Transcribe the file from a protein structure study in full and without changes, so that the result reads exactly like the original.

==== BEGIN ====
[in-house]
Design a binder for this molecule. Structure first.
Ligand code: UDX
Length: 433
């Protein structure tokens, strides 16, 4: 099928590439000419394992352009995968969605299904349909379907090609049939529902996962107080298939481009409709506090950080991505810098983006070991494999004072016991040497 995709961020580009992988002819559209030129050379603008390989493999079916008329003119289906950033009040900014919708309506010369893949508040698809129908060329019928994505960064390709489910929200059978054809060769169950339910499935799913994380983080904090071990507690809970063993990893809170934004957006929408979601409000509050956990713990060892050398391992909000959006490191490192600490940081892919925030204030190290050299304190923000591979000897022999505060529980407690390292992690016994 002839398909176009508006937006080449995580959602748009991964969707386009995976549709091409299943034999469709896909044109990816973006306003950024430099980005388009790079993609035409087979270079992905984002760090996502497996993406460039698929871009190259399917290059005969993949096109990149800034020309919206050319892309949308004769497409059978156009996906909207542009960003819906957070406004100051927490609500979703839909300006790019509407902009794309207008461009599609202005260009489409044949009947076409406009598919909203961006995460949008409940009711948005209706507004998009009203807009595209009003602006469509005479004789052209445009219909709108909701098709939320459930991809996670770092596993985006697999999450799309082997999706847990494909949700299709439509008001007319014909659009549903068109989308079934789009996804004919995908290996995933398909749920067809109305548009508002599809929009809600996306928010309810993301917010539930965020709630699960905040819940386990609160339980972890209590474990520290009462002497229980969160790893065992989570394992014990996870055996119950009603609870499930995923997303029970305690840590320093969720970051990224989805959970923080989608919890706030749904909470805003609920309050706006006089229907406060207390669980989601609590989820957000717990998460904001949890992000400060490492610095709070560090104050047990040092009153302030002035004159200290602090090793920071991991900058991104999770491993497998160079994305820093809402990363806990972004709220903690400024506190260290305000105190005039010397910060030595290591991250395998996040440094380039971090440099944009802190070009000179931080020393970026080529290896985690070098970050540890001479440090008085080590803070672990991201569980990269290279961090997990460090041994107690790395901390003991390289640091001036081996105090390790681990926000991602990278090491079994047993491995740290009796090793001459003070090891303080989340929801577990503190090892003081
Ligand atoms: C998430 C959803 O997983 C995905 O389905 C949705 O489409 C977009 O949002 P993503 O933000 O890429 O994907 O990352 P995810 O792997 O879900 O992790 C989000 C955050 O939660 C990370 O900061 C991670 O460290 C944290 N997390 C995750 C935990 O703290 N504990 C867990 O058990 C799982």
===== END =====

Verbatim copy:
[in-house]
Design a binder for this molecule. Structure first.
Ligand code: UDX
Length: 433
């Protein structure tokens, strides 16, 4: 099928590439000419394992352009995968969605299904349909379907090609049939529902996962107080298939481009409709506090950080991505810098983006070991494999004072016991040497 995709961020580009992988002819559209030129050379603008390989493999079916008329003119289906950033009040900014919708309506010369893949508040698809129908060329019928994505960064390709489910929200059978054809060769169950339910499935799913994380983080904090071990507690809970063993990893809170934004957006929408979601409000509050956990713990060892050398391992909000959006490191490192600490940081892919925030204030190290050299304190923000591979000897022999505060529980407690390292992690016994 002839398909176009508006937006080449995580959602748009991964969707386009995976549709091409299943034999469709896909044109990816973006306003950024430099980005388009790079993609035409087979270079992905984002760090996502497996993406460039698929871009190259399917290059005969993949096109990149800034020309919206050319892309949308004769497409059978156009996906909207542009960003819906957070406004100051927490609500979703839909300006790019509407902009794309207008461009599609202005260009489409044949009947076409406009598919909203961006995460949008409940009711948005209706507004998009009203807009595209009003602006469509005479004789052209445009219909709108909701098709939320459930991809996670770092596993985006697999999450799309082997999706847990494909949700299709439509008001007319014909659009549903068109989308079934789009996804004919995908290996995933398909749920067809109305548009508002599809929009809600996306928010309810993301917010539930965020709630699960905040819940386990609160339980972890209590474990520290009462002497229980969160790893065992989570394992014990996870055996119950009603609870499930995923997303029970305690840590320093969720970051990224989805959970923080989608919890706030749904909470805003609920309050706006006089229907406060207390669980989601609590989820957000717990998460904001949890992000400060490492610095709070560090104050047990040092009153302030002035004159200290602090090793920071991991900058991104999770491993497998160079994305820093809402990363806990972004709220903690400024506190260290305000105190005039010397910060030595290591991250395998996040440094380039971090440099944009802190070009000179931080020393970026080529290896985690070098970050540890001479440090008085080590803070672990991201569980990269290279961090997990460090041994107690790395901390003991390289640091001036081996105090390790681990926000991602990278090491079994047993491995740290009796090793001459003070090891303080989340929801577990503190090892003081
Ligand atoms: C998430 C959803 O997983 C995905 O389905 C949705 O489409 C977009 O949002 P993503 O933000 O890429 O994907 O990352 P995810 O792997 O879900 O992790 C989000 C955050 O939660 C990370 O900061 C991670 O460290 C944290 N997390 C995750 C935990 O703290 N504990 C867990 O058990 C799982």